One day in the spring of 1978,
I went to visit the home of a friend. Parked in front of her
house was THE PACKARD. The right front fender was crunched in.
The interior hung in tatters. The former brightwork was a study
in pits and rust. The grill shell was dented in and the shutters
were gone. The paint was a patchwork of blotches, and the tires
It was beautiful.
I learned that the car belonged
to my friend's son, who had parked it in front of her house because
he had nowhere to keep it. When she said he was thinking of selling
it, I told her to call me immediately if he decided to do so.
A couple of months later, the car
was mine for $1500. I figured that it might cost another $1000
to redo the interior, and perhapes another $1000 for body work
and paint. Little did I know!
The motor had been overhauled before
I bought the car,and now it was time for the groaning transmission
to get the same tratment. I began repairing one problem after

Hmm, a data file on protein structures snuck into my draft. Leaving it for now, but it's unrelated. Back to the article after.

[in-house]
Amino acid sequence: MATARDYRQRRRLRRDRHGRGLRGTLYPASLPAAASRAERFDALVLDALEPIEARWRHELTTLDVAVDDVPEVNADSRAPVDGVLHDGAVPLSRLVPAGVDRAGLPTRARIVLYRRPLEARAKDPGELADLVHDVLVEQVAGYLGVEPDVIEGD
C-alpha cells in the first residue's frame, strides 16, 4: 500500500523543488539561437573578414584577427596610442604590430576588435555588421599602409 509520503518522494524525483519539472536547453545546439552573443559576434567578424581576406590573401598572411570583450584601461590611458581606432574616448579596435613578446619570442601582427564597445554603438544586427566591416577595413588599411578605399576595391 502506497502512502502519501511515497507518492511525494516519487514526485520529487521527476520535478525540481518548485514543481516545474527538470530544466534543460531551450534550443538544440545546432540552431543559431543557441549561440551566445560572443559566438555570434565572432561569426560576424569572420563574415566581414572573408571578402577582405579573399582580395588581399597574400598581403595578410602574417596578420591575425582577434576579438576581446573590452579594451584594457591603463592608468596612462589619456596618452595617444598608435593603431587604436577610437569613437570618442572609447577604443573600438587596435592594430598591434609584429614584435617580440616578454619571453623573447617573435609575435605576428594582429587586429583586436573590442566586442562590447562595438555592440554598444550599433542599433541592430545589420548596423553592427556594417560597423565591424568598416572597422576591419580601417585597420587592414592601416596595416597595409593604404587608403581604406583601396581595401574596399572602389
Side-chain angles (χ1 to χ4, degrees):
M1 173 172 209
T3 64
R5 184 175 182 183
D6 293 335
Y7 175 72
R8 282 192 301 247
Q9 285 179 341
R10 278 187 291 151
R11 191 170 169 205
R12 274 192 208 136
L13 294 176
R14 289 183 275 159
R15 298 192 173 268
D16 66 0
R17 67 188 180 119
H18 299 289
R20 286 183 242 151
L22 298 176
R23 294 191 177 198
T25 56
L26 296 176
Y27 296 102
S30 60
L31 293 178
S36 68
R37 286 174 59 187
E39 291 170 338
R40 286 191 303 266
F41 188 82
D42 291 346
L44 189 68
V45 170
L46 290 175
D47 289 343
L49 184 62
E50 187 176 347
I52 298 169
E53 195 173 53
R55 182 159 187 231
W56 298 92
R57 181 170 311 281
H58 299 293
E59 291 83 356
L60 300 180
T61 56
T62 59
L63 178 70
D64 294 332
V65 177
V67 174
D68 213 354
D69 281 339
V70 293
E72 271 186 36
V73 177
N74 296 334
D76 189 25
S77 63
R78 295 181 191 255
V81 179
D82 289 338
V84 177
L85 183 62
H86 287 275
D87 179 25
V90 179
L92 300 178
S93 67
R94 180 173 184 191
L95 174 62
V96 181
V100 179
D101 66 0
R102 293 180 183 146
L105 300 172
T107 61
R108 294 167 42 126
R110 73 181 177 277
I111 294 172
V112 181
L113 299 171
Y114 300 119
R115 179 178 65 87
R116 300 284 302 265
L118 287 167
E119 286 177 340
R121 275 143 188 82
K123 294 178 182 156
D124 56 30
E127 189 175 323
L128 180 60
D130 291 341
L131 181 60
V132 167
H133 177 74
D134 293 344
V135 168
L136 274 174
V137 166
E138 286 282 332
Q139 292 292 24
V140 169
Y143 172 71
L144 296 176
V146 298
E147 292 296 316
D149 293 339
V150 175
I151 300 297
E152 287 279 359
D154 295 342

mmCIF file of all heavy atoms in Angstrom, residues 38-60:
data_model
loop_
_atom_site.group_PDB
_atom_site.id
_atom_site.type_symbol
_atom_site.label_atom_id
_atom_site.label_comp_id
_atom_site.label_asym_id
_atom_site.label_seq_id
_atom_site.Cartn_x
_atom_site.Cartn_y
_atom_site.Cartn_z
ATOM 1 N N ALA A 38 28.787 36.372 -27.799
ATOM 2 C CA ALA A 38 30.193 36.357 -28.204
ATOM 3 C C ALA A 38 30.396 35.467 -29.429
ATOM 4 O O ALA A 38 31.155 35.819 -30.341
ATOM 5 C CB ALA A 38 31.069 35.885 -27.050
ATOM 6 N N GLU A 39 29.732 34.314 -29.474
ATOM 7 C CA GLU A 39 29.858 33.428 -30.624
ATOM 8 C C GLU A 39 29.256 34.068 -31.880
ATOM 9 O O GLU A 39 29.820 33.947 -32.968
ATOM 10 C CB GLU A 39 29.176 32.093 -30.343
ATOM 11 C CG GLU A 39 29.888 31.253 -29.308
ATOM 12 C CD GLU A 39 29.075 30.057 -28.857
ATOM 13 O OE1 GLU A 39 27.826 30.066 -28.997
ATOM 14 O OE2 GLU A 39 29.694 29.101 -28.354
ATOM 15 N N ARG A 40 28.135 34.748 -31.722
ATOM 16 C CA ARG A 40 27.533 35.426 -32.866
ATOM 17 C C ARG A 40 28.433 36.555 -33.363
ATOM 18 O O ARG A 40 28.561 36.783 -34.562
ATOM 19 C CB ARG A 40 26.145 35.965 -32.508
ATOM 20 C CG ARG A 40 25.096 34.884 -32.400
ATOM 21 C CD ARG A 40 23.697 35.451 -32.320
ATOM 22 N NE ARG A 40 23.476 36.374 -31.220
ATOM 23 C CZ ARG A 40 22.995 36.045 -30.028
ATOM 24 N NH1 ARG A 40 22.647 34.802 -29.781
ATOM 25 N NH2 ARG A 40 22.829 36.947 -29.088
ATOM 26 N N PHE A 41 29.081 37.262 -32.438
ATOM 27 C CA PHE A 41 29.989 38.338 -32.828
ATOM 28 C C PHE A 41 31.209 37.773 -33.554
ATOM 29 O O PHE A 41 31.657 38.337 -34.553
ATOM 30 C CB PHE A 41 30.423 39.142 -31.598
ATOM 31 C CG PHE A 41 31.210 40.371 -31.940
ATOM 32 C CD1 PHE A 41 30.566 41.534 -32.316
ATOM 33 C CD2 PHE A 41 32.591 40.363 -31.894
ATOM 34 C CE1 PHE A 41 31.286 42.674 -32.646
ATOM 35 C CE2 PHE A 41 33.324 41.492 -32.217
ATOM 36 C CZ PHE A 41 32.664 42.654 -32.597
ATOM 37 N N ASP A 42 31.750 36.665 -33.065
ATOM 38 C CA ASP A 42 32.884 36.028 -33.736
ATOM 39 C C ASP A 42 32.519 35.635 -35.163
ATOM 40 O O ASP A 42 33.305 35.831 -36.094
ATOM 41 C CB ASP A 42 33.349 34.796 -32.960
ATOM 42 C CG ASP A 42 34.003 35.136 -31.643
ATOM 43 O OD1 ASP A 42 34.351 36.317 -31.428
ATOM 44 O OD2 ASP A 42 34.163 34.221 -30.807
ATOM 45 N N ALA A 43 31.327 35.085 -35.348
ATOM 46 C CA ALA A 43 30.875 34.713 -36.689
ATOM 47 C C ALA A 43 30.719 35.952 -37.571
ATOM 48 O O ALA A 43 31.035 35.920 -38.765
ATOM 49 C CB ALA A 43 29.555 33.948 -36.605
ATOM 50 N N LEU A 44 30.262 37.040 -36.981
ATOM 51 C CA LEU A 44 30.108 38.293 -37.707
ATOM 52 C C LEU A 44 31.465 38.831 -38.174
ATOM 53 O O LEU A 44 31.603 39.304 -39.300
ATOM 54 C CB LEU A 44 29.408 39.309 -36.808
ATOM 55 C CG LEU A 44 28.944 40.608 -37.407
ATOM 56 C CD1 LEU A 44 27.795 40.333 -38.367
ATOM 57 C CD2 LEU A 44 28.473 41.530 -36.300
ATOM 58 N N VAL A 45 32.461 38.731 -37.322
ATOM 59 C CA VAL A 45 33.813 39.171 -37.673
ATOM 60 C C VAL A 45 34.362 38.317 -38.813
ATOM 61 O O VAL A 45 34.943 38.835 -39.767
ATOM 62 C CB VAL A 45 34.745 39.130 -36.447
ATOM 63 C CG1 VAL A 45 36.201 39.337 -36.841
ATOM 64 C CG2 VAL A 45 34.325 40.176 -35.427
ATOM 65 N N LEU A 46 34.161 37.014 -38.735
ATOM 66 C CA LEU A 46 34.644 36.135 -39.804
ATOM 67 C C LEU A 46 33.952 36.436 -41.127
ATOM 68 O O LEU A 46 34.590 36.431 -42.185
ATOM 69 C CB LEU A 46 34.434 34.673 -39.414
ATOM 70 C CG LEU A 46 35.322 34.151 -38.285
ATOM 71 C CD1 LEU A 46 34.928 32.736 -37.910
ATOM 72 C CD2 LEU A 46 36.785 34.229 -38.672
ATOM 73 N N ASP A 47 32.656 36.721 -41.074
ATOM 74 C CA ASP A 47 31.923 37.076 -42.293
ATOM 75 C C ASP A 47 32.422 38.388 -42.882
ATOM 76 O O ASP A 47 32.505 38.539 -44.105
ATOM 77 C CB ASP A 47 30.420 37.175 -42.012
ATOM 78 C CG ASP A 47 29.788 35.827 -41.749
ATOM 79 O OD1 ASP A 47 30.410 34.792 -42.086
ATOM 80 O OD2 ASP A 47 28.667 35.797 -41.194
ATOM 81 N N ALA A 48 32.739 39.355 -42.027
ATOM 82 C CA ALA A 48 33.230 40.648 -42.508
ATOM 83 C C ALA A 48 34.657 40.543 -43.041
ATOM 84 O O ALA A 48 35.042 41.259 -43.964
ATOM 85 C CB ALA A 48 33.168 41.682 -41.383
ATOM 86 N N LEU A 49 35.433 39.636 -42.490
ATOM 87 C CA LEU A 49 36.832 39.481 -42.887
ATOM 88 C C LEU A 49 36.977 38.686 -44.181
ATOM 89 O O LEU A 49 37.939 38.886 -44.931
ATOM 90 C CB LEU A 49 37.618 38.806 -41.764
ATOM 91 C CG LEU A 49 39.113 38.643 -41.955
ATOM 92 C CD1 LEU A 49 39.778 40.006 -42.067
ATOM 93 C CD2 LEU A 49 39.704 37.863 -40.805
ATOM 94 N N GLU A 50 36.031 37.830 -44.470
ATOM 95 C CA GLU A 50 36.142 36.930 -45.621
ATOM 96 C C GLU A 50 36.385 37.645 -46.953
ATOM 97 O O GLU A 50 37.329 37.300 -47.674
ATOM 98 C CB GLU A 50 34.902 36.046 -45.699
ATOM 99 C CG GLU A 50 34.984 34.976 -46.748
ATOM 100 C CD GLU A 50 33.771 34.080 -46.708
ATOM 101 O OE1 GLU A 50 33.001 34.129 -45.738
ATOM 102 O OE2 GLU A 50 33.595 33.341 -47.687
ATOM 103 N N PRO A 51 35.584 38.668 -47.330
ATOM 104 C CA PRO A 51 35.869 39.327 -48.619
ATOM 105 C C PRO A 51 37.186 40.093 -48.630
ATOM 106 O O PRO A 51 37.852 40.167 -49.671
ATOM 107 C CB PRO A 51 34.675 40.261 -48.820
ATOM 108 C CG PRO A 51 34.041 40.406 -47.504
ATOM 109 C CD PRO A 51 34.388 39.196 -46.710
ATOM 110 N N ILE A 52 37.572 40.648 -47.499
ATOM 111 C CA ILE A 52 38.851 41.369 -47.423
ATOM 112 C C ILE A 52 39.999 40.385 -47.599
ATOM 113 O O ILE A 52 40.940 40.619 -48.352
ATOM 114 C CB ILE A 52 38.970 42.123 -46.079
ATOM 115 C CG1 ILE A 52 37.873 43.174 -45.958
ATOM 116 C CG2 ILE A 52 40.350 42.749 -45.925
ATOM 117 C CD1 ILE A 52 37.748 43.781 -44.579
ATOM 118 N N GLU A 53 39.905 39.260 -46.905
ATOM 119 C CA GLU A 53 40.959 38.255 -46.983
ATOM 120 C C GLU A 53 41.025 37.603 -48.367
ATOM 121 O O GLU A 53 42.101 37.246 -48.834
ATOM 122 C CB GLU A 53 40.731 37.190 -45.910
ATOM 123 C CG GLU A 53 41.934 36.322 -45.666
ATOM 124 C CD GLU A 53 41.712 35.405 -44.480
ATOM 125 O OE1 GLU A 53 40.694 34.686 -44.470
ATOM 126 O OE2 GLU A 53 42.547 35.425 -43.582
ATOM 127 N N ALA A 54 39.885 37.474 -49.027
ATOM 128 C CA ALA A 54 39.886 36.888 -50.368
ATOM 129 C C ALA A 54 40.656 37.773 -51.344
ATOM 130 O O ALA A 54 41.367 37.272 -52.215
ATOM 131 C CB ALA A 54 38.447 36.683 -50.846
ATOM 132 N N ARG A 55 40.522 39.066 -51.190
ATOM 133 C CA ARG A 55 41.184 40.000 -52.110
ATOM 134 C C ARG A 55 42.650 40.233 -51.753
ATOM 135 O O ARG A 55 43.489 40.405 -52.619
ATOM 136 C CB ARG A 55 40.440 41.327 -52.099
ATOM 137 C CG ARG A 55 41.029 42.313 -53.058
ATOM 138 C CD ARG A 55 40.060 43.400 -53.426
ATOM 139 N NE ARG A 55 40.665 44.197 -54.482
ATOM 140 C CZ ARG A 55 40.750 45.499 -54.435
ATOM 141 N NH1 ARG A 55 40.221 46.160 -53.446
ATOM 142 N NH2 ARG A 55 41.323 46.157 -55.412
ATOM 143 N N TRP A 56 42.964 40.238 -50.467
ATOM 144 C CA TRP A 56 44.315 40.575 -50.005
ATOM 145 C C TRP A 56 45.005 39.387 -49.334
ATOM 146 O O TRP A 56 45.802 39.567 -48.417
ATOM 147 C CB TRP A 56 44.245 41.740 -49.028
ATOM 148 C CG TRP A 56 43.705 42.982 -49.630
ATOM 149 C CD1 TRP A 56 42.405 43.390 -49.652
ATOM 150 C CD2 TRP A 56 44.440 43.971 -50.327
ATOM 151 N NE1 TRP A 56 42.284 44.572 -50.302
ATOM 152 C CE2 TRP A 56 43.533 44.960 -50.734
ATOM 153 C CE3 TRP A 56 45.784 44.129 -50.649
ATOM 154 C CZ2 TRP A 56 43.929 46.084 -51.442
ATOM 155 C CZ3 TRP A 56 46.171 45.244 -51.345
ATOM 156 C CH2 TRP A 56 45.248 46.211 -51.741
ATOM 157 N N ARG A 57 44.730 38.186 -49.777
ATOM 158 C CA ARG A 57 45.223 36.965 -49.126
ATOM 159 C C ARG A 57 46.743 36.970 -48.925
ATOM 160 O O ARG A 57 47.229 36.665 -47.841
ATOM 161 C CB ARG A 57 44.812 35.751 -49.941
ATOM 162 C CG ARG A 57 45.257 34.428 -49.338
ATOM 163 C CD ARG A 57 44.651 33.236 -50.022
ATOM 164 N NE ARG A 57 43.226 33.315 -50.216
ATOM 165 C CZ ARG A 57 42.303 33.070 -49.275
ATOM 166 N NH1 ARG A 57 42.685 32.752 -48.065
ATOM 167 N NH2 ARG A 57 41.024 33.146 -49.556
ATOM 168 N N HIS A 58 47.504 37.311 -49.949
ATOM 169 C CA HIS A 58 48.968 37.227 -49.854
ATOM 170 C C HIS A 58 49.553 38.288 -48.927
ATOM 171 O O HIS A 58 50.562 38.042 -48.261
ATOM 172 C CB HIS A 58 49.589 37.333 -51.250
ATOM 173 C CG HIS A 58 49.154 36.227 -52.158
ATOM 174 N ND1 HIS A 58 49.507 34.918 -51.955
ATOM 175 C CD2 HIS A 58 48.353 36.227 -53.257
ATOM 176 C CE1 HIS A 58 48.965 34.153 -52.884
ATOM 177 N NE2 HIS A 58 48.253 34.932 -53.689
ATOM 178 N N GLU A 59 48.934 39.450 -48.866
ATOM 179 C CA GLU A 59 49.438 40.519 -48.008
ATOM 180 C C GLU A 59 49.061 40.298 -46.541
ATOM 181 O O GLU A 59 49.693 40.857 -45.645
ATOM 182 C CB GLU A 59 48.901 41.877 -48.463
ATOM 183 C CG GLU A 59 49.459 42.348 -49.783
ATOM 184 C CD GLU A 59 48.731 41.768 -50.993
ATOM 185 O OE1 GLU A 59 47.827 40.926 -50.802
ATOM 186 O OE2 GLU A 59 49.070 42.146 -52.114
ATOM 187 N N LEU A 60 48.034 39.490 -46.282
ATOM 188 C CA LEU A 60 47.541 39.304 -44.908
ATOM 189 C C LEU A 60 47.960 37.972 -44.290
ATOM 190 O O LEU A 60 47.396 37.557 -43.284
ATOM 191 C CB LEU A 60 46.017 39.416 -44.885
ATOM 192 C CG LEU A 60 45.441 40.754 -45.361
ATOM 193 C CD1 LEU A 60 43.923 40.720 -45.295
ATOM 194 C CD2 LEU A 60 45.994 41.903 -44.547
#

another. For about three years I used the car pretty much as
it was when I bought it.
Then one day in February of 1982,
as I drove into my driveway, I found smoke coming out from under
the dash. The old wiring, after forty-four years, had finally
given out. I decided that if I was going to restore this car,
I had better do it right. In the driveway behind the house I
totally dismantled the car. As each component came off, I laid
out the disassembled pieces in order and took a picture of them
for future refereence.
The body, frame, wheels, nuts,
bolts, and all mechanical parts except the transmission were
Redi-Stripped. The wheels and body were primed and all the mechanical
parts were repainted. The restoration and reassembly went on
sporadically for the next several years, slowed somewhat by a
move from California to Kansas in 1985. By spring of 1989 I could
finally afford a professional restoration of the interior, and
except for a few minor details, that completed the project.